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Taking Names: Dorothy’s ‘Oz’ dress to hit auction block
Question of the Day
The Dorothy dress is going up for auction.
Celebrity auctioneer Darren Julien said Judy Garland's original costume from "The Wizard of Oz" could sell for $500,000 when it hits the auction block next month, the Associated Press reports.
The white puff-sleeve blouse and blue gingham pinafore has inspired countless Halloween costumes since the film was released in 1939. Although several identical dresses were made for the production, the dress to be sold is the only version seen in the film and the only complete original dress to survive.
The outfit will be on view at London's Stafford Hotel beginning Tuesday, before being exhibited at Julien's Auctions in Beverly Hills, Calif., Nov. 5-9, prior to the auction Nov. 9-10.
Nashville Songwriters Hall inducts new members
Kim Williams hesitated only slightly when asked who he thinks has been the best interpreter of his songs before the start of the Nashville Songwriters Hall of Fame induction ceremony.
"That's tough, but I'd say it would have to be Garth Brooks, because I wrote them with him," Mr. Williams said. "He was part of the songs, too, before he sang them. We had so much fun writing together."
They had a load of fun together Sunday night, too.
Mr. Brooks and his wife, Trisha Yearwood, were on hand to help celebrate this year's inductees — Mr. Williams, Tony Arata, Mary Chapin Carpenter and Larry Henley, The Associated Press reports. Mr. Brooks saluted Mr. Williams and Mr. Arata, while Miss Yearwood paid tribute to Miss Carpenter and Mr. Henley, the writer of the enduring hit "The Wind Beneath My Wings."
"Over 200 artists have recorded 'The Wind Beneath My Wings,' so it's kind of, how do you do a new twist?" Miss Yearwood said before the ceremony. "And with Chapin, I've just known her a long, long time, so it was a no-brainer when she asked me. It's the Garth and Trisha show, and we're just going to have a good time."
Mr. Brooks sang "New Way To Fly," "Papa Loved Mama" and "Three Wooden Crosses" to Mr. Williams during a moving and hilarious induction speech, then sang Mr. Arata's "The Dance." The appearance comes a year after Mr. Brooks' own induction.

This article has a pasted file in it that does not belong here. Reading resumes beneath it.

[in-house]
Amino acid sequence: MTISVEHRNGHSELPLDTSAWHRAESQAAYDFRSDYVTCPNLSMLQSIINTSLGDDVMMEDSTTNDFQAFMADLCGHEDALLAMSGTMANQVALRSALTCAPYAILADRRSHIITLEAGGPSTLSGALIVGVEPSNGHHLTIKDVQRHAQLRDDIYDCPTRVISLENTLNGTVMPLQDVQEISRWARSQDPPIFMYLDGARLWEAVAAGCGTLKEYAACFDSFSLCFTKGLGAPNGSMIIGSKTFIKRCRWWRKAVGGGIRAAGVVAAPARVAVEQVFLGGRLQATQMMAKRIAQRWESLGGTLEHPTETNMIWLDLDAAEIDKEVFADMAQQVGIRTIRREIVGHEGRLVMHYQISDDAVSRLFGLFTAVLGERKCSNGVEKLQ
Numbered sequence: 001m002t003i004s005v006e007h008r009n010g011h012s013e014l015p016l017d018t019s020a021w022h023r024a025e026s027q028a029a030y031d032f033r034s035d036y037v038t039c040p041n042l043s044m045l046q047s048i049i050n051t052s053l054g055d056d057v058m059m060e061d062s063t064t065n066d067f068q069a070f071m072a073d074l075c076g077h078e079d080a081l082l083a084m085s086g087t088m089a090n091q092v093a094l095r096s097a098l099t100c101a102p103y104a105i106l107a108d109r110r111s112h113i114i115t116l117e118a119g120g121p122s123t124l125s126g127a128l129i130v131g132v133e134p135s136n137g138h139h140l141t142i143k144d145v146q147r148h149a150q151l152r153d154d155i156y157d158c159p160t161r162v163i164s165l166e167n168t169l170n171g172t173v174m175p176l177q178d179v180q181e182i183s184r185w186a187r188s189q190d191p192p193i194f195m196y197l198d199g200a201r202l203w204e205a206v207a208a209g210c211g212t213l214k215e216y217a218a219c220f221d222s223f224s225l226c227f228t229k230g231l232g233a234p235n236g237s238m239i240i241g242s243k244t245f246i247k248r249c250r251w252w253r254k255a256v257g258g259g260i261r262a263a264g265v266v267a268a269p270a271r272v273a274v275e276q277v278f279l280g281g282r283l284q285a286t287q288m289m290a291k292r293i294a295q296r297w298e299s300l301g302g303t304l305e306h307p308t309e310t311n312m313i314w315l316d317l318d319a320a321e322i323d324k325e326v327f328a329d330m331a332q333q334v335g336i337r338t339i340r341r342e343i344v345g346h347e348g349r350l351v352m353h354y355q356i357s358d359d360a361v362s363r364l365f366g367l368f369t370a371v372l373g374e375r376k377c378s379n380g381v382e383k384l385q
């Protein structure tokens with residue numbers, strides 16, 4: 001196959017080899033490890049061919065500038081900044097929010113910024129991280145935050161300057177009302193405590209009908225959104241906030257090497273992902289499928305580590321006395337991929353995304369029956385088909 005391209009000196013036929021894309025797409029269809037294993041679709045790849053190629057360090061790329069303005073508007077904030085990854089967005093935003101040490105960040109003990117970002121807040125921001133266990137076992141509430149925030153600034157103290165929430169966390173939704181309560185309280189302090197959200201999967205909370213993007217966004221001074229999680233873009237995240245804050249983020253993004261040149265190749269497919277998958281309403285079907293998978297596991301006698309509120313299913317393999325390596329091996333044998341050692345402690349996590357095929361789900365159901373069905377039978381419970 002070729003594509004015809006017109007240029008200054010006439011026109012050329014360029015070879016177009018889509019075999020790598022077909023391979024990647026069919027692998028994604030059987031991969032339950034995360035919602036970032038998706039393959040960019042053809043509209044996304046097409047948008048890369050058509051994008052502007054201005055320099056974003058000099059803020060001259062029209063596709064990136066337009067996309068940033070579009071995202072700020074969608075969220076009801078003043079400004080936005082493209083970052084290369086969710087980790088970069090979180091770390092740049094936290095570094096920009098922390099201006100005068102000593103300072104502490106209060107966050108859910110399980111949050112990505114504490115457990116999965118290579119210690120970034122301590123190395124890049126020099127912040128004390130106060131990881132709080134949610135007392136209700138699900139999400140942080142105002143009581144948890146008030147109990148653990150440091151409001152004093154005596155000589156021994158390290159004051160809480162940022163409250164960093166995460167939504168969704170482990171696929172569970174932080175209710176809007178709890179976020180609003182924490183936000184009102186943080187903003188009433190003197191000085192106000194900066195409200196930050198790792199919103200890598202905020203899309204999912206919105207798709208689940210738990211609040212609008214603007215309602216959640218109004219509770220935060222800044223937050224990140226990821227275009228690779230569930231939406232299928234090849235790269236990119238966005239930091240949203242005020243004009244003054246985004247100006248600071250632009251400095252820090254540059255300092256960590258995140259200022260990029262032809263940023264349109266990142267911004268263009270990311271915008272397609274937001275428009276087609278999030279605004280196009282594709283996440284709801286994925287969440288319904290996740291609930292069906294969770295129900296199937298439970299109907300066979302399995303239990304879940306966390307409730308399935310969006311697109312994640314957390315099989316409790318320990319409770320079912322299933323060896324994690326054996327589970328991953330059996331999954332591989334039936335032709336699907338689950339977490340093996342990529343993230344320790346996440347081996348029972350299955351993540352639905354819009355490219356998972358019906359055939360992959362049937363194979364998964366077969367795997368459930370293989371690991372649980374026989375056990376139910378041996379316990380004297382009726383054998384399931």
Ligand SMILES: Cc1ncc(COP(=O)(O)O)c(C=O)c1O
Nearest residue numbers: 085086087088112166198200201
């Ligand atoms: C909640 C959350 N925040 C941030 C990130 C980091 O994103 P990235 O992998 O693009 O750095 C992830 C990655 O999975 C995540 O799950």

"I cried the whole time, and I'm going to cry all night tonight, too, but now it's for one of your brothers," Mr. Brooks said. "I think I'm more excited for Kim and Tony going in. For me, it's long overdue. I was thinking about Kent Blazy, and I wonder where his face is. I think it's only a matter of time for him, too. These are the guys I grew up with. They moved here at the same time, and we're all brothers."
Marc Cohn also helped pay tribute to Miss Carpenter, who noted she's just the 14th female inductee among 188 hall of fame members.
"And that feels like an honor in and of itself," Miss Carpenter said beforehand. "I know that I stand on a lot of shoulders just to get to this place. I'm just so happy."
The Nashville Songwriters Association International also gave out its yearly songwriting awards. Taylor Swift won the songwriter/artist of the year award for the fifth time in six years and remains at 22 that award's youngest winner. Dallas Davidson was named songwriter of the year. And Dolly Parton's enduring hit "I Will Always Love You," which reached No. 1 again this year after Whitney Houston's death, was named song of the year.
Drake's Aaliyah project gets Lil Wayne's support
Lil Wayne thinks the late Aaliyah's music is better than a lot of music out today — and he's confident that Drake's plan to produce unreleased Aaliyah songs will be an "awesome collaboration."
Drake — a huge Aaliyah fan — has announced that he is working on a posthumous album of Aaliyah music, and he's already released the song "Enough Said" featuring himself and the singer-dancer, who was killed in a plane crash in 2001.
Some who were close to Aaliyah have not expressed support for the album, according to The Associated Press. Missy Elliott and Timbaland, who produced most of Aaliyah's music, are not involved, and DMX, who co-starred with Aaliyah in the movie "Romeo Must Die" and recorded a song with her, has been critical of the project.
Lil Wayne said he hasn't heard any negative feedback, and added when he first heard that his Young Money protege was a part of the project, his first thought was: "Good move."
"Everybody knows what Aaliyah did and done for music and culture, period, and it's always good to do that, for not only for people like that, just for her fans — you know what I mean?" he said in a recent interview. "Drake's a very thoughtful person. Everyone knows that. It's an awesome collaboration."
So far, "Enough Said" has peaked at No. 55 on Billboard's R&B/Hip-Hop songs chart. Aaliyah is known for hits such as "Try Again," "If Your Girl Only Knew" and "Rock the Boat," and Lil Wayne said her music has stood the test of time.
"Her music is still awesome. It's still better than a lot of music out right now," he said.
As for his own music, Lil Wayne — who's expected to release his 10th album, "I Am Not a Human Being II," this winter — said it's harder and harder to come up with new things to say: The 30-year-old has been rapping since he was a teen.
"I've said everything in every situation in every way, so it's almost interesting to go into the studio and find new things to talk about and new ways to talk about them and hear it back and say, 'Wow, you figured it out again,'" he said.
• Compiled from wire reports
By John McAfee
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